We just used Uber a couple of times in Lima – between Miraflores and the Parque de las Layendas (zoo park). It was far cheaper than the other transportation we’d used, and the drivers were friendlier.  The first driver was a university student, who drove part time and was trying to learn English, and very happy to practice with us. The second wasn’t as fluent in English, but offered chocolates to the girls!

Recommendation for Lima, Peru: Uber all the way

Parque de las Layendas, Lima, Peru


Uber is actually banned in Rio de Janeiro, but there are (or were) some drivers there. Less expensive and friendlier than the alternatives. Also since we don’t speak Portuguese the ability to enter a destination in the app was extremely useful!  We went from Laranjeiras to and from Sugar Loaf mountain.

We had two experiences in Brazil which really highlighted how much better the Uber experience is:

99Taxis is a local competitor to Uber. It’s pretty ubiquitous, and lets you pay via the app, so it does some things right. The main bad experience we had was this: all 99Taxis drivers are also just regular taxi drivers, so close to Itacoatiara beach in Niteroi we had hailed a cab via 99Taxis, and waited for almost 15 minutes only to have driver cancel when he was within a block of us – because he’d found another fare! We did use 99Taxis more, and while I prefer Uber, sometimes you have no choice.

Being able to pay via app is another great thing – in Sao Paolo in transit from Rio to Johannesburg we had to get from Congonhas airport to Guarulhos international airport. We booked an airport taxi and I tried to pre-pay but was assured I could pay via credit card in the taxi. Once we got to Guarulhos, the taxi payment machine didn’t work, none of the apps the driver had worked, etc. So we had to go into the terminal to an ATM. Payments can be annoying.

Recommendation for Brazil: Uber if you can, 99Taxis or regular taxis if you have to

Sugar Loaf - or Pão de Açúcar - it's the pronunciation that's difficult in Portuguese!

Sugar Loaf – or Pão de Açúcar – it’s the pronunciation that’s difficult in Portuguese!

South Africa

We used Uber in both Capetown and Johannesburg.

Capetown: great experience, friendly driver who upon learning we were from Silicon Valley was thrilled, and we had a great conversation about technology and how it’s transforming people’s lives even in South Africa.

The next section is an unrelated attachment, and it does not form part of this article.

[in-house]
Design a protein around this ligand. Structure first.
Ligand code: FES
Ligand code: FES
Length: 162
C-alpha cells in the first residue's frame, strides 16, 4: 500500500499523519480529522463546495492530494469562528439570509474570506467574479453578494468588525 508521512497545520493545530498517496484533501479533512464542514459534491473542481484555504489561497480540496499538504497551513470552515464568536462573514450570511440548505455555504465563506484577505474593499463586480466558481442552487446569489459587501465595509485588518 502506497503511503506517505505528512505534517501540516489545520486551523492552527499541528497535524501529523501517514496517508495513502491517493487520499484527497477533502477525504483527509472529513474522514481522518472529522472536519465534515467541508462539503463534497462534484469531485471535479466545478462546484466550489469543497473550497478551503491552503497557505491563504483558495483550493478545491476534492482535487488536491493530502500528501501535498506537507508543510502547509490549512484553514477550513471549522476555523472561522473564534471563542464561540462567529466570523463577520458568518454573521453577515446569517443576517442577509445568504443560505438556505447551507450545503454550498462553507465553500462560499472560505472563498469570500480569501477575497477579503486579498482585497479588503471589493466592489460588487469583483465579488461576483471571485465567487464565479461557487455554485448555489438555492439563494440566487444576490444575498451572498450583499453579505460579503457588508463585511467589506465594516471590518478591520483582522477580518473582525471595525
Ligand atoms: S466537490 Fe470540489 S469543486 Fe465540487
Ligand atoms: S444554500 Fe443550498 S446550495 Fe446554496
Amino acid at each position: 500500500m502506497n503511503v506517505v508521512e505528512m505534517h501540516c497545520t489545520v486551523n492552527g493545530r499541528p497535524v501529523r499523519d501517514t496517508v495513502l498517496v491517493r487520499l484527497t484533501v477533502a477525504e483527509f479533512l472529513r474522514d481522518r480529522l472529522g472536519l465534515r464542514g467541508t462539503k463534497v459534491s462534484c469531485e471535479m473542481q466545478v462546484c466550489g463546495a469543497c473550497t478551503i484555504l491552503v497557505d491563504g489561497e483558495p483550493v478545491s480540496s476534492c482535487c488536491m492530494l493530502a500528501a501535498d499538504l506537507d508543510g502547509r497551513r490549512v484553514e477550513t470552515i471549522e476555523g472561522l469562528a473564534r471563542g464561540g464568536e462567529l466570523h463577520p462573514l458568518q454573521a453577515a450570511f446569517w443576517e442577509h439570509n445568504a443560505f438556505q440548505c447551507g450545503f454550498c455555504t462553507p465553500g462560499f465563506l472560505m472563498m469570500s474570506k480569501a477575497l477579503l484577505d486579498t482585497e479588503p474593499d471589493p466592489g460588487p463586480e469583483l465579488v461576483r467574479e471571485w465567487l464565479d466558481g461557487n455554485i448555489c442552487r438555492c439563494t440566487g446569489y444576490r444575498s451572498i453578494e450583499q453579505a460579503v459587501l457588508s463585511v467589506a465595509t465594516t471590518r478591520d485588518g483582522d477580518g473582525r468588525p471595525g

Johannesburg: we used UberVAN after arriving at Park Station in Johannesburg. It was the best part of leaving the station! Parts of Jo’burg can be a bit dodgy – this was certainly one of them. A local resident appointed himself our guide (or maybe protector).  Unfortunately I didn’t have enough rand to pay him for his ‘services’, which he wasn’t happy about.  The Uber driver when he arrived was extremely helpful in getting us out of that situation.

Recommendation for South Africa (Cape Town and Johannesburg): Definitely Uber

Park Station, Johannesburg

Park Station, Johannesburg


The local competitor here is Grab – (it was called MyTeksi when we were there).  Generally comparable to Uber in almost every way – definitely recommended, though Uber still is a bit smoother especially on payment.  Taxis are hit and miss – we got a pretty gruff reaction from a group of drivers outside of KL Pavilion when we asked if there was a taxi driver who wouldn’t smoke while driving.  Not a problem with MyTeksi or Uber who seem much more focused on customer happiness.

One more caution: if you’re out of the Kuala Lumpur city center like we were (we were in a suburb of KL called Selangor) it may be hard to catch an Uber – we luckily got one on the way into the city.  MyTeksi seemed to be a bit more widespread.  Coming from the city center it didn’t matter as much.

Recommendation for Kuala Lumpur, Malaysia: Uber or Grab

Petronas Towers, Kuala Lumpur

Petronas Twin Towers, Kuala Lumpur, Malaysia


We used Uber a lot in Rome, and a couple of times in Florence. Just as you’d expect it would work in any North American city. This was great in places with difficult to describe locations, like our AirBnB in a beautiful old court in Trastevere, Rome.

Recommendation for Italy: you don’t need to worry much about ground transportation in Italy, but Uber where you can, otherwise taxis are fine

Trastevere, Roma, Italy

Trastevere, Roma, Italy

Top 5 Things that Make Uber great for international travelers:

  • You don’t have to worry about local currency – payment is through the app, and we weren’t charged extra for foreign currency transactions
  • Uber drivers tend to be very friendly, have clean cars, and seem to care about their passengers
  • Language is less of an issue, since you can input your destination in the app
  • It’s a good way to meet local drivers – since all Uber drivers are independent, many of them also offer day tours, or better rates on longer drives, outside of Uber
  • Some drivers will have treats for the kids! (and the adults!)


  • Check that Uber is available where you’re going to travel. Many airports especially are only recently allowing Uber drivers to pick up passengers. This info changes often so check here:
  • Consider a local SIM card so that drivers have your local number if they need to find you – they don’t always phone international numbers
  • If you have put a local SIM card into your phone, there’s a couple step process to change your Uber contact number. Make sure you do that before you decide you urgently need to call an Uber!


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